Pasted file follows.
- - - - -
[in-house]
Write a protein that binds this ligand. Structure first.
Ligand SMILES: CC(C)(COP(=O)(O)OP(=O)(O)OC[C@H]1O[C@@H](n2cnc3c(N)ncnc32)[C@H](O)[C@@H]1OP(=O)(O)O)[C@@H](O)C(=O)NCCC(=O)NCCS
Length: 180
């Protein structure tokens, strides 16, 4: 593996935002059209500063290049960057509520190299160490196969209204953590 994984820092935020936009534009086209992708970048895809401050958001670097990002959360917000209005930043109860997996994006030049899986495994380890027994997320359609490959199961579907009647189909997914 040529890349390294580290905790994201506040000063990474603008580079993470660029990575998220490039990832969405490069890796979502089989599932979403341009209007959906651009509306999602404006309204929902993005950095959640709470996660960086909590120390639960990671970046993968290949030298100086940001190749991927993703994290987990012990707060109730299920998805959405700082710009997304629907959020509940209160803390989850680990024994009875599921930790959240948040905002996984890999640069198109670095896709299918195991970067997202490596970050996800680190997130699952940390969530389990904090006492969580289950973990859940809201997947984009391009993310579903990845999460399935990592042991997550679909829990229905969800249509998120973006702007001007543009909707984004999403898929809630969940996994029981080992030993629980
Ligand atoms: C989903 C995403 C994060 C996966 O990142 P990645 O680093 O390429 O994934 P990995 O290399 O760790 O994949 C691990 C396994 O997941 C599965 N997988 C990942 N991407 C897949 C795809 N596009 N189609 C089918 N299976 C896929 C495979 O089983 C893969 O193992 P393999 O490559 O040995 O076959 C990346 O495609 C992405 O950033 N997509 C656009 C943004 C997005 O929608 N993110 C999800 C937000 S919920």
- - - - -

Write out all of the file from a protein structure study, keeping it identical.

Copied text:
[in-house]
Write a protein that binds this ligand. Structure first.
Ligand SMILES: CC(C)(COP(=O)(O)OP(=O)(O)OC[C@H]1O[C@@H](n2cnc3c(N)ncnc32)[C@H](O)[C@@H]1OP(=O)(O)O)[C@@H](O)C(=O)NCCC(=O)NCCS
Length: 180
């Protein structure tokens, strides 16, 4: 593996935002059209500063290049960057509520190299160490196969209204953590 994984820092935020936009534009086209992708970048895809401050958001670097990002959360917000209005930043109860997996994006030049899986495994380890027994997320359609490959199961579907009647189909997914 040529890349390294580290905790994201506040000063990474603008580079993470660029990575998220490039990832969405490069890796979502089989599932979403341009209007959906651009509306999602404006309204929902993005950095959640709470996660960086909590120390639960990671970046993968290949030298100086940001190749991927993703994290987990012990707060109730299920998805959405700082710009997304629907959020509940209160803390989850680990024994009875599921930790959240948040905002996984890999640069198109670095896709299918195991970067997202490596970050996800680190997130699952940390969530389990904090006492969580289950973990859940809201997947984009391009993310579903990845999460399935990592042991997550679909829990229905969800249509998120973006702007001007543009909707984004999403898929809630969940996994029981080992030993629980
Ligand atoms: C989903 C995403 C994060 C996966 O990142 P990645 O680093 O390429 O994934 P990995 O290399 O760790 O994949 C691990 C396994 O997941 C599965 N997988 C990942 N991407 C897949 C795809 N596009 N189609 C089918 N299976 C896929 C495979 O089983 C893969 O193992 P393999 O490559 O040995 O076959 C990346 O495609 C992405 O950033 N997509 C656009 C943004 C997005 O929608 N993110 C999800 C937000 S919920």